Wall Street Journal: Wind Approved “Under Duress”

by Steve Haner

With an editorial published yesterday, The Wall Street Journal has now given its readers more insight into the risks inherent in Dominion Energy Virginia’s coming wind project than any Virginia newspaper or broadcast outlet has. It is not the kind of national spotlight Virginia should crave.

It noted that the recent approval of the project by the State Corporation Commission was “under obvious duress” and then went on to cite many of the dangers and potential cost consequences outlined  in the SCC’s own order. This is nothing new to readers here at Bacon’s Rebellion who read this about the decision already, or this earlier column on the reasons why the project should be rejected.

The WSJ does focus on one detail not available when those were written, comments by Dominion CEO Bob Blue on the firm’s most recent investor conference call. From the editorial:

Dominion could appeal. “We are extremely disappointed in the commission’s requirement of a performance guarantee,” CEO Robert Blue said on an earnings call. He griped that it would effectively require the company “to financially guarantee the weather, among other factors beyond its control, for the life of the project.” Exactly. Since no one can control mother nature, who should bear the risks? Dominion’s answer is not Dominion.


One key point that the WSJ underplayed is that the General Assembly also totally disregarded the risk on ratepayers and was happy to protect the company’s shareholders. Again, not news to my regular readers. They and I will not be surprised when the utility rushes back to the Assembly to either overturn or gut any performance mandate from the SCC. Look at Europe’s wind record below to see why.

Perhaps this is a good time to note that my “five reasons” column was initially offered to three newspapers that have regularly printed my guest columns before. One never responded, one responded only after I pulled the offer to go elsewhere, and one quickly rejected it.

I get it. Dominion is a huge advertiser. Those editors, too, lie awake worrying about the megadroughts, record river flooding, terrifying sea level rise and waves of disease which building these turbines will magically prevent. Those end-of-the-world myths appear as news in all three publications on an almost daily basis. The editorial page can’t undercut the “news.”

What will the wind produce off Virginia Beach if and when those turbines are built? Some recent information on the performance of offshore wind in Europe may get your attention. While Dominion is promising a 42% capacity factor (in other words, 42% of the stated 2,600 megawatts of output), the past decade of data from Europe shows just under 35% on average for offshore turbines. That is a significant difference over the 25 years or more we will be paying for those turbines.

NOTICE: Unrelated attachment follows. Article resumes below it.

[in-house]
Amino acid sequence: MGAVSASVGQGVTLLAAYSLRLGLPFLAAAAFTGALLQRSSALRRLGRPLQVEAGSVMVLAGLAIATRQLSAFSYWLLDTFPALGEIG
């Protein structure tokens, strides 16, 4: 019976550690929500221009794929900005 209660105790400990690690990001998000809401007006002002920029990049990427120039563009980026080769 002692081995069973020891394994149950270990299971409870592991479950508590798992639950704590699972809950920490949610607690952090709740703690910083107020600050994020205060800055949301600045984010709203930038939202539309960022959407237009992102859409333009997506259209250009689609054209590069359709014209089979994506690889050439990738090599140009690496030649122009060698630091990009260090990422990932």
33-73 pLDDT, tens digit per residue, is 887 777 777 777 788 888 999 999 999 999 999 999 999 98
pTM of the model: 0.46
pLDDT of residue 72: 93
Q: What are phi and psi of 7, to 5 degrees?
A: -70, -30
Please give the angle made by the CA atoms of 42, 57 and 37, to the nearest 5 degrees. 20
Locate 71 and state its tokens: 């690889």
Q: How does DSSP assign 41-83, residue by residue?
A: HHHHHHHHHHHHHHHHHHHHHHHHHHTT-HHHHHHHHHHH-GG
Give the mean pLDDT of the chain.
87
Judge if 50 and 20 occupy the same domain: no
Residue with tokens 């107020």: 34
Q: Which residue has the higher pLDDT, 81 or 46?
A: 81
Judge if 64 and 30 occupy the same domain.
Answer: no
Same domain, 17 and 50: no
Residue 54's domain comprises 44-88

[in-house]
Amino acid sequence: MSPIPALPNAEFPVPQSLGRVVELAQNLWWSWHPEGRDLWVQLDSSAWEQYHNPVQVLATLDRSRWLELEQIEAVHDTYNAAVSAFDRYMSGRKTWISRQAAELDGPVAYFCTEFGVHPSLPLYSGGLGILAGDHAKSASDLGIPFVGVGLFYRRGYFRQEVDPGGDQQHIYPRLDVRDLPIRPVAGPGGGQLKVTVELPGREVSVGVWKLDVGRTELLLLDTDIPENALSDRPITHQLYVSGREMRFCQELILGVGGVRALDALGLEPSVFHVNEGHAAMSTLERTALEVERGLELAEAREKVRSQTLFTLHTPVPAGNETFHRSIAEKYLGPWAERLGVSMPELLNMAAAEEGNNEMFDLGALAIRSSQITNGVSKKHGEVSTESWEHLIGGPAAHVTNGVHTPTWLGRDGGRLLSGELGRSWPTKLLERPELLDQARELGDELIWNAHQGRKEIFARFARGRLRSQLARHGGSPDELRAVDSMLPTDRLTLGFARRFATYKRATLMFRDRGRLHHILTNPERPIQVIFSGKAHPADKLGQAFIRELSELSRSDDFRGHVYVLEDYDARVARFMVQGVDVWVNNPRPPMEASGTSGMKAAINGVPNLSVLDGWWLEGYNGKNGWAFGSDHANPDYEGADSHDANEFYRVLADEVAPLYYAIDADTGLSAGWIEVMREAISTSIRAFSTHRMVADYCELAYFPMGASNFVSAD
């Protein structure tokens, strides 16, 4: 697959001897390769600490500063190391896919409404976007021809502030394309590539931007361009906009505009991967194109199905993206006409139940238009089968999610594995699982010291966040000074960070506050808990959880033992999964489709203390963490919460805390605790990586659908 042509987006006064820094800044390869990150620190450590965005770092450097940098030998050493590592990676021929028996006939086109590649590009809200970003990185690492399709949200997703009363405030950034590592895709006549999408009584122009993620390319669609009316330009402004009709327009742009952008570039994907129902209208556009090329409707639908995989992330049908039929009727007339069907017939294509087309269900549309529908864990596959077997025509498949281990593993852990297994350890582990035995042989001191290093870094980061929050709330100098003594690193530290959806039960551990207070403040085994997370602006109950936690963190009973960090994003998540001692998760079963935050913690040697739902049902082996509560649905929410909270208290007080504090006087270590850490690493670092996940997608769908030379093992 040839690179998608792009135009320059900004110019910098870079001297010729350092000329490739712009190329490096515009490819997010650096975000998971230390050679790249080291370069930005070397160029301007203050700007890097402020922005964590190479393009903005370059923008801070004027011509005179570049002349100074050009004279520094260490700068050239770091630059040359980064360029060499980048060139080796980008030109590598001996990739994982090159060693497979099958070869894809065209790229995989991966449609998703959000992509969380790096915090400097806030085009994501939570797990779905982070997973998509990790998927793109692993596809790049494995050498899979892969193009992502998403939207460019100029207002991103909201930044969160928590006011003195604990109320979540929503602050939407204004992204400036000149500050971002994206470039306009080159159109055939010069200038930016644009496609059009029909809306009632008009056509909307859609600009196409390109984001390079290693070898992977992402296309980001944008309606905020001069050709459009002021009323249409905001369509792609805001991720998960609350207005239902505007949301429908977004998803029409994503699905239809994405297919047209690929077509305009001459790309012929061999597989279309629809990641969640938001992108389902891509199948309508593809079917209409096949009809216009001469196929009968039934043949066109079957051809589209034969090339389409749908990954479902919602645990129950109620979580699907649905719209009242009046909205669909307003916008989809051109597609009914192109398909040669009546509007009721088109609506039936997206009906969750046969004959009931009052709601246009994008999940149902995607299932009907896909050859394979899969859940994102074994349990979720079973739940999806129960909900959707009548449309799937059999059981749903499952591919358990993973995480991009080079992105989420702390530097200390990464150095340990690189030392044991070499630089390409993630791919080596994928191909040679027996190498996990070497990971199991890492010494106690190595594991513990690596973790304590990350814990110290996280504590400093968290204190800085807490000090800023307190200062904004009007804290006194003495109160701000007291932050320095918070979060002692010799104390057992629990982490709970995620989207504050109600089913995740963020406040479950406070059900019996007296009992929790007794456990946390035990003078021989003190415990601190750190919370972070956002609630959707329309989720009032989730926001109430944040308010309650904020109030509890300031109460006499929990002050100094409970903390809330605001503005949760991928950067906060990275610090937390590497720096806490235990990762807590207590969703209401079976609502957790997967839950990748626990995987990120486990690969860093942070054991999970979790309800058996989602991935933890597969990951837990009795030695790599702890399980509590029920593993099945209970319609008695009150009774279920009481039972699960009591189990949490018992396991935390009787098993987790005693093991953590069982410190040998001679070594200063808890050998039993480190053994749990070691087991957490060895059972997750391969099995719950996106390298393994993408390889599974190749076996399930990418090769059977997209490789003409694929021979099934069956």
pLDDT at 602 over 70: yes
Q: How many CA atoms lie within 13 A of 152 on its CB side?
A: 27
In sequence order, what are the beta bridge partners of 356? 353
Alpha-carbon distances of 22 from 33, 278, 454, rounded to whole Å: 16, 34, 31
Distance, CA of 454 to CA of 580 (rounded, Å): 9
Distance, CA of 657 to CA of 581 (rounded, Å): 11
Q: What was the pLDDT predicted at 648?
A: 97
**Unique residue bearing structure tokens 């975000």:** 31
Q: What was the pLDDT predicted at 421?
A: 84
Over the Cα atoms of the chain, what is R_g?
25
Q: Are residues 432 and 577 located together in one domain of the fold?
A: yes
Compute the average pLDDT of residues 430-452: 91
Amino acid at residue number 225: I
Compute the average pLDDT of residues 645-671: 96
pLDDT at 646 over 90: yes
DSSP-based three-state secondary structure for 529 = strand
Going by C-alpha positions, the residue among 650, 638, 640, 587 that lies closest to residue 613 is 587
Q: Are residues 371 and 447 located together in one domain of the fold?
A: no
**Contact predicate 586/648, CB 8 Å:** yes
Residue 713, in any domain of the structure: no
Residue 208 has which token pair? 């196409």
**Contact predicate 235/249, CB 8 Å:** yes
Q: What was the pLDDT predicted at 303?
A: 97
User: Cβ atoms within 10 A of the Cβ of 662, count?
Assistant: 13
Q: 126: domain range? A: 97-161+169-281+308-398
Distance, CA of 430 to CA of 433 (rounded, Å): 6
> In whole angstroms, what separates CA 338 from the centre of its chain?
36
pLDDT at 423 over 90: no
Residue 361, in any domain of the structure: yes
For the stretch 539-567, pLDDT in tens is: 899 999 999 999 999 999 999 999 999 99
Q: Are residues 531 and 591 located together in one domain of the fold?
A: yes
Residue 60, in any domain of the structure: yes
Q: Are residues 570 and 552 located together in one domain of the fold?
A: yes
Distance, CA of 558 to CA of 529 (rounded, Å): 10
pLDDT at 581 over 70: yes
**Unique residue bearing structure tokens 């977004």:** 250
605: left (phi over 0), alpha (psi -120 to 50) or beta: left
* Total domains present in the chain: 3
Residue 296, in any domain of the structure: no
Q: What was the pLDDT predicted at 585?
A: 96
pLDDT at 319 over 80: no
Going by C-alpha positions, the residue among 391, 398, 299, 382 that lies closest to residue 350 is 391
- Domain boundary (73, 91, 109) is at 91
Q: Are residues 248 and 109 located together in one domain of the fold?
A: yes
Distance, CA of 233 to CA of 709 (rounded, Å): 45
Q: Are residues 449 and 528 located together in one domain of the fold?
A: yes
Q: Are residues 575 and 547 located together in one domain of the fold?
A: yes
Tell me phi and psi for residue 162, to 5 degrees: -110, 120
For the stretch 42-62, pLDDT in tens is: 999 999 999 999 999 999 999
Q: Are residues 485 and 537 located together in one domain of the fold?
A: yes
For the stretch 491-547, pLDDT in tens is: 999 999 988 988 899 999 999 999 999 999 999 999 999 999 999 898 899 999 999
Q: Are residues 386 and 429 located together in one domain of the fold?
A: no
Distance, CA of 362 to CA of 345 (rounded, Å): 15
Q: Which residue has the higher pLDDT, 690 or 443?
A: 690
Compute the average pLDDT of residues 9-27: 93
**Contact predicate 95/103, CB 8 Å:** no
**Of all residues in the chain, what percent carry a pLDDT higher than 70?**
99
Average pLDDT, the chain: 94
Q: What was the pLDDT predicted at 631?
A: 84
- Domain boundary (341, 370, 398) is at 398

Long-term capacity factors for wind and solar in Europe and the UK. Source: edmhdotme.com, via wattsupwiththat.com. Click for larger view.

Offshore wind also yields the best performance of any of Europe’s so-called “renewable” energy sources tracked. Onshore wind, far more common in Europe and the United Kingdom than offshore, averaged less than 23% capacity factor, and solar under 12% average output. Most of Europe is much further north than the parts of the U.S. better suited to solar. But hey, these are the same geniuses who burn wood pellets shipped from America and claim that reduces CO2 emissions.

In Europe and the UK, onshore wind is the most common of the three, with 186 gigawatts installed as of 2021. The region has 26 gigawatts of offshore wind on the grid (Dominion’s project is 2.6 gigawatts) and 171 gigawatts of solar.

These figures come from a post on Watts Up With That, reprinted from a personal blog for engineer Ed Hoskins. It is easy to find the daily reports on Euro/UK wind production here, and the overall grid mix every day here. They are consistent. Without steady natural gas, coal, and nuclear, Europe would go cold and dark.

The horrible winter they are preparing for (German retail electricity prices are now 41 eurocents per kWh, English consumers are organizing a boycott of electric bills) can be blamed on Vladimir Putin’s intention to cut Western Europe’s supply of natural gas. But Putin is only doing what every Democratic member of the Virginia General Assembly is sworn to do, along with an army of well-funded lobbying organizations for the Wind and Solar Industrial Complex.  They all want to eliminate gas use in Virginia homes, businesses and power plants.

Winter 2023 in Europe will be Winter in Virginia very soon. The Wall Street Journal sees it coming, but Virginia’s mainstream media will applaud the coming tidal wave until the last reader departs.